A map of global DDoS attacks. (Digital Attack Map)
It all started three months ago, when a CloudFlare technician noticed a massive attack against a small site in Ukraine. The content-delivery company offers some level of DDoS protection for free, but only up to a point — once a targeted site clears more traffic than the free network can handle, CloudFlare has to dump it off. The technician glanced at the Ukrainian site — a jumble of Cyrillic characters — then dumped them before the traffic became overwhelming.
"It led to a lot of soul-searching on my part."
It wasn't until the next morning that the company realized why the site had been targeted. It was one of the leading blogs reporting on abuse in Ukraine, presumably targeted by allies of the embattled Yanukovych regime. Without realizing it, the team found themselves helping to stifle the opposition. "It led to a lot of soul-searching on my part," says CEO Matthew Prince. "I mean, we screwed up."
A network of more than 15 nonprofits
Today, CloudFlare is announcing its answer to the problem, a massive anti-DDoS program known as Project Galileo. A network of more than 15 nonprofits — including Access, the American Civil Liberties Union, and the Electronic Frontier Foundation — will watch for sites at risk for politically motivated attacks, forwarding them on to CloudFlare, where they can get professional-level protection for free. The hope is that, under Galileo, sites like the Ukrainian blog will be able to withstand any attack that comes their way.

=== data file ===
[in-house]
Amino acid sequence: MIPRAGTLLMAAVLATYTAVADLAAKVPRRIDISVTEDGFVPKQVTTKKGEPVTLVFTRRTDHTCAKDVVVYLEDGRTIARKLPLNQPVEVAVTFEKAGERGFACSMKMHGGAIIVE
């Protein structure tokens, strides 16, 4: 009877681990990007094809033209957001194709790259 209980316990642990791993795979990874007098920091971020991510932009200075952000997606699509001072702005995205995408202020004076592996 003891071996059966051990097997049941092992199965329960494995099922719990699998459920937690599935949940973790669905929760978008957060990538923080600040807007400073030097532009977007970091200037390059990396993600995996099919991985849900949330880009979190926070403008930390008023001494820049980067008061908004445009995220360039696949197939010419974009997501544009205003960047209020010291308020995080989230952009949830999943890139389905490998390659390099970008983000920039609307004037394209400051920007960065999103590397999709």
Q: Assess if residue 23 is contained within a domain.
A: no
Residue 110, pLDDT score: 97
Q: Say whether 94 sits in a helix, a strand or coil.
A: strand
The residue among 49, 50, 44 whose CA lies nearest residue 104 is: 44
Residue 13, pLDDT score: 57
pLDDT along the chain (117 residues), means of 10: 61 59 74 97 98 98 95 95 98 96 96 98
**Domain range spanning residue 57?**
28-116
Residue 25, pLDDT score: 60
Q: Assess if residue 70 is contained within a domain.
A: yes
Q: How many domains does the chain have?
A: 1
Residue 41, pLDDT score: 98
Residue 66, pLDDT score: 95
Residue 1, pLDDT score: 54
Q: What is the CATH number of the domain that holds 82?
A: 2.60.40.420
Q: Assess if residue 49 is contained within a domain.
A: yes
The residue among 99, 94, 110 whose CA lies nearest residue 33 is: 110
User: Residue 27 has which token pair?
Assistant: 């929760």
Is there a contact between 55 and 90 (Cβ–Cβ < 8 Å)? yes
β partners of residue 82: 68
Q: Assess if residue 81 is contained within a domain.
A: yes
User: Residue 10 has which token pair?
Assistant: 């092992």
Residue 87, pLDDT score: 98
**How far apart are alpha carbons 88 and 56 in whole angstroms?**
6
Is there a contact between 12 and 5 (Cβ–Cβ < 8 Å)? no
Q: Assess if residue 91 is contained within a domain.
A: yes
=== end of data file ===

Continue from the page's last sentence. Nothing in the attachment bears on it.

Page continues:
Political sites can make powerful enemies
It's an urgent project, as sites have come under increasing fire from DDoS attacks. The attack itself is simple, a flood of traffic that overwhelms servers to knock a site offline, but defending against it has proven difficult even for well-funded sites. Earlier this week, the RSS reader Feedly was knocked offline by an extortion attack, an increasingly common tactic that Meetup fell victim to earlier this year. Small-scale political sites are particularly vulnerable, as they can make powerful enemies but lack the resources that private companies can draw on to defend themselves.
CloudFlare and its partners are hoping that, before that happens, the sites will take shelter under Galileo's protective architecture. Prince describes the resources as akin to what CloudFlare would provide a major corporate client — spreading out the traffic across multiple delivery channels and using sophisticated techniques to distinguish good traffic from bad. The names of the client sites are kept confidential, but CloudFlare says they've already signed up nearly 100 sites, and there's essentially no limit to the number of sites Galileo can accommodate.
"I don't want to be in a position where it's just Google or it's just Galileo."
This isn't the first time a company has taken up the cause of DDoS protection for the greater good. Last October, Google launched a similar initiative called Project Shield, which focuses on "sites serving media, elections, and human-rights-related content." Project Shield still hasn't released any user numbers or partner information (Google did not respond to a request for comment), but it seems likely that going toe-to-toe with Galileo will benefit both projects, providing a crucial backup plan for any sites that rely on them. "I don't want a single point of failure," says Access co-founder Brett Solomon. "I don't want to be in a position where it's just Google or it's just Galileo."